Expanding the National Sentry Program
Eight Rotations have dutifully guarded the Tomb of the Unknown Soldier as part of this year’s National Sentry Program (NSP). On Sept. 28, rotation nine, comprised of the Army 4th Canadian Division, stepped in to take their turn to participate in this honourable service.
The new sentries typically spend the first-week training, doing drills to ensure they are in step with their partners. The sentries must look sharp and in-tune while they stand guard in the public eye. Each rotation serves for roughly four weeks.
The members of Roto Nine will remain in Ottawa until the final rotation of the 2015 NSP season takes over on Oct. 22. Roto 10 will be the only tri-service rotation of the season comprising of six Army, six Navy and six Air Force members.
The NSP season begins on April 9, Vimy Day and runs until Nov. 10 the day before Remembrance Day. The NSP program dates back to 2007, but the program expanded to include rotations of members from all branches. This new NSP program began in 2014 but only comprised of four rotations. This year is the first full year.
The program was inaugurated to raise awareness regarding the importance of Tomb of the Unknown Soldier.
“A former Canadian military dentist happened to be going across the plaza late at night on a Canada Day, and there was a young man urinating on it that was drunk. And that was the catalyst to begin the program. We aren’t there 24 hours a day, 365 days but by creating the program we have sentries guarding the Tomb of the Unknown Soldier drawing attention to the fact that this is a very hallowed, respected and dignified place,” explained Lt. David Lewis of the NSP Program.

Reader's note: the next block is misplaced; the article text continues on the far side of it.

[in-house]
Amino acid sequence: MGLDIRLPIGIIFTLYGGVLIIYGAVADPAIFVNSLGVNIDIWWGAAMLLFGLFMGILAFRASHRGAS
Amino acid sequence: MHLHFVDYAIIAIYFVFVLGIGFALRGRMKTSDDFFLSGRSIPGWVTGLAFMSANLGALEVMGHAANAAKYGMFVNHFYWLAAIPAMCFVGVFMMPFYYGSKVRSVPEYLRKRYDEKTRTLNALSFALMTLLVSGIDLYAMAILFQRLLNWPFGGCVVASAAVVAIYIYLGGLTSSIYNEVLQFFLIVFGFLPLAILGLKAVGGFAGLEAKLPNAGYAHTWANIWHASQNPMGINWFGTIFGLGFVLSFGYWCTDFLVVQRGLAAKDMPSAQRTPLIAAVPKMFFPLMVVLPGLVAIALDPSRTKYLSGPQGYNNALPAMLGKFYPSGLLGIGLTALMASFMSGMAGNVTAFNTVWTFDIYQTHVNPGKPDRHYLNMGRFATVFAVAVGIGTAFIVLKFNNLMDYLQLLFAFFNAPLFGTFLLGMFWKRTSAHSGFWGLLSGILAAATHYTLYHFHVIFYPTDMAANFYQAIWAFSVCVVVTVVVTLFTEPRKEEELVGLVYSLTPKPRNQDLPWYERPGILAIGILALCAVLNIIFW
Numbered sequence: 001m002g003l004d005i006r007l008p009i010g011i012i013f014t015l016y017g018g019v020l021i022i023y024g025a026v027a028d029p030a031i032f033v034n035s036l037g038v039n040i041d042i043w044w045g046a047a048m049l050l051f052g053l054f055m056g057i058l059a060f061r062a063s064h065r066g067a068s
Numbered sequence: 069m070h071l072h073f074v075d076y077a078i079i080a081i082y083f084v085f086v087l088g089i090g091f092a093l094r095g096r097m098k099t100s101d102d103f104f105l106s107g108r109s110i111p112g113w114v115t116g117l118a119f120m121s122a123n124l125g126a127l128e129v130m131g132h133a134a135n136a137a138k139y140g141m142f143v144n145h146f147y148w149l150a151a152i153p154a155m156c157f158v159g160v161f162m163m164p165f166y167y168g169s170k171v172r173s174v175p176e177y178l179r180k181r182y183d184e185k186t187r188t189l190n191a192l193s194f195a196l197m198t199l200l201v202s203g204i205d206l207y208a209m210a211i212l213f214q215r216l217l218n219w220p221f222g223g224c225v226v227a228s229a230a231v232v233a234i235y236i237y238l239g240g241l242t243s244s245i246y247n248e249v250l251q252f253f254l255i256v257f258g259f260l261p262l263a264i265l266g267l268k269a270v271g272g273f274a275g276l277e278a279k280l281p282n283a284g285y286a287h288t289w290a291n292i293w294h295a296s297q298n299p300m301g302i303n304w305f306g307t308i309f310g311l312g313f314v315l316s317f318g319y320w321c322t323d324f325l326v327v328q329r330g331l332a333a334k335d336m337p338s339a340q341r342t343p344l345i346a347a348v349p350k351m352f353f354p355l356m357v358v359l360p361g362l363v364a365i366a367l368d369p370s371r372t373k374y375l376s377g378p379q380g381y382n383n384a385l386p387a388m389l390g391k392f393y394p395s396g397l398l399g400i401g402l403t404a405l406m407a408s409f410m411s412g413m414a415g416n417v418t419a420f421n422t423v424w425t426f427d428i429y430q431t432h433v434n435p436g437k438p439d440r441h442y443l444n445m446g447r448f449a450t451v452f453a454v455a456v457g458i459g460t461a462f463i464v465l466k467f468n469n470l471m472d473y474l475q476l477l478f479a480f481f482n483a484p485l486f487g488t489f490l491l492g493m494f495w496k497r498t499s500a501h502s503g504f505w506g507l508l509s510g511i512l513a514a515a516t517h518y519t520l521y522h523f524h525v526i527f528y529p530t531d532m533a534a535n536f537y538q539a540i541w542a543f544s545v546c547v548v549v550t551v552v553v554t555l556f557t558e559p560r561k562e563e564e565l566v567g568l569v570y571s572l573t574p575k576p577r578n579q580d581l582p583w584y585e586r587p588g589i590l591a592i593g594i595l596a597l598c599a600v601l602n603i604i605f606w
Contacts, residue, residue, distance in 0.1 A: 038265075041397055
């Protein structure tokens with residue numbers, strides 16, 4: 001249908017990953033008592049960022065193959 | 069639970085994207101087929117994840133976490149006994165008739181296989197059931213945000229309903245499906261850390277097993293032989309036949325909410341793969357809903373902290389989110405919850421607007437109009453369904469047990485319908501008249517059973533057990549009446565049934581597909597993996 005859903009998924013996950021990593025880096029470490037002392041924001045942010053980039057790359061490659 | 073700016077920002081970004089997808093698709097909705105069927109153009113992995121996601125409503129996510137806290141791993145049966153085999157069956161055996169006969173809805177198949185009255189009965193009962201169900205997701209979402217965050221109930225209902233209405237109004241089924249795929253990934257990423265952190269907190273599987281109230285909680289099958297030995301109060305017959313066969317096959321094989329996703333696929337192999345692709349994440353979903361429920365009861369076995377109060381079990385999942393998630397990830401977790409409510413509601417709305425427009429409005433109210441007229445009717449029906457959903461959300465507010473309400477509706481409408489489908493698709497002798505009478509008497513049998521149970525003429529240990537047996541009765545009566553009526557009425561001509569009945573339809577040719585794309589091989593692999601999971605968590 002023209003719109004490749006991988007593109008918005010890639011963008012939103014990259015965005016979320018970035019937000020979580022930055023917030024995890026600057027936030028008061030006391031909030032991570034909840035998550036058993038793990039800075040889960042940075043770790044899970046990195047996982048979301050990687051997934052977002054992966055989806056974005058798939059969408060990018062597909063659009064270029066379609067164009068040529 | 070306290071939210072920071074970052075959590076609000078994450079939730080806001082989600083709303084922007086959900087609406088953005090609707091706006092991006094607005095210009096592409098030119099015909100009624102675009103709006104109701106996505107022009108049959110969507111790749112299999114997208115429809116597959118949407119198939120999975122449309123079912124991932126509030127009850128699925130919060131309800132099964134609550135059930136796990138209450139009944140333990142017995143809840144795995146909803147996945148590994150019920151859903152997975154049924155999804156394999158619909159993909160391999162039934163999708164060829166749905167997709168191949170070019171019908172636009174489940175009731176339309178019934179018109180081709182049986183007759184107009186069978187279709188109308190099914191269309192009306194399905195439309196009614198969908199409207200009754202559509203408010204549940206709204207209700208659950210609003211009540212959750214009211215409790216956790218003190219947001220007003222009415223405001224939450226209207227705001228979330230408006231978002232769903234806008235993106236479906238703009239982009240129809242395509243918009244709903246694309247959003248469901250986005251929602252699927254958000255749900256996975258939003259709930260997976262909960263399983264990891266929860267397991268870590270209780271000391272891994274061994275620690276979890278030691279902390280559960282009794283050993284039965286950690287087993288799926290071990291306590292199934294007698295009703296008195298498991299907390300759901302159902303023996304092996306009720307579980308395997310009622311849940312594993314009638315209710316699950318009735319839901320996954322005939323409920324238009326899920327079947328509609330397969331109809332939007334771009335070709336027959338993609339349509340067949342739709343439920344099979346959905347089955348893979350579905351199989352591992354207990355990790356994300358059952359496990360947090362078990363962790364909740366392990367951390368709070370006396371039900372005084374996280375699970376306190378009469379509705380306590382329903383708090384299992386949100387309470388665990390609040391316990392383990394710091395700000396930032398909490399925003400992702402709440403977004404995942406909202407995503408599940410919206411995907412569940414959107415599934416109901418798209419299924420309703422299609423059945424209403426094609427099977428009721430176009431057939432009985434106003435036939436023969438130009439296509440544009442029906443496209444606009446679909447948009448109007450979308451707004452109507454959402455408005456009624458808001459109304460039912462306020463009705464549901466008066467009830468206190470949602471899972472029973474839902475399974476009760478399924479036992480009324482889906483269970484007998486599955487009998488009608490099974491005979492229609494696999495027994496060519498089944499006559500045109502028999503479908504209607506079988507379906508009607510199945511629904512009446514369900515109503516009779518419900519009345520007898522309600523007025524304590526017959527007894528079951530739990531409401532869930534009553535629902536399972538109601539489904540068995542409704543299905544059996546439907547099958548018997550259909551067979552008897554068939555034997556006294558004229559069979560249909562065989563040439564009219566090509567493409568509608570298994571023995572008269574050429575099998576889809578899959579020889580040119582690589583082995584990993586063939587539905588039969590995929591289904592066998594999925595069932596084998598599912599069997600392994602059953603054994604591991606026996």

One of the few lucky members of the CAF given the opportunity to honour the Tomb of the Unknown Soldier was Mater Corporal Mathew Hird. Hird was a part of Roto Eight, a rotation of Air Force members.
“My experience overall was great, the public were amazing to talk to and they had a lot of question about what the monument stood for and of course who the Unknown Soldier was,” said Hird.
Hird was selected to be a part of the Ceremonial Guard by his MWO.
“It meant a great deal to me to be selected for this duty. It’s a very high priority operation, you are in the public eye every day, and you need to be your best. It gave me pride whenever I marched up to the tomb, knowing what it stood for and I knew that this monument stood for every soldier that has been and will be,” explained Hird.
Hird was in Ottawa as an NCM of the posting.
“Highlights of my day were at the top of the hour when I got to post new guards and relive the ones that have been up there. When we had a big crowd it gave me energy to do my best, I would feed off the energy of the crowd,” noted Hird.
There’s no doubt in Hird’s mind whether he’d go back given the chance.
“Yes, I would go back. My time on ceremonial guard will be with me forever. It was an experience you can’t get anywhere else,” said Hird.
Top Photo: Royal Canadian Navy personnel from Roto 2 of the National Sentry Program gather at the Tomb of the Unknown Soldier in Ottawa in May 2015.
Middle Photo: Ottawa, Ontario. 29 May 2015 – Sentry Guard’s from 2 Princess Patricia Canadian Light Infantry, stand guard at the National War Memorial. (Photo credit: Corporal Anthony Laviolette, Canadian Forces Support Unit (Ottawa) – Imaging Services ©2015 DND-MDN)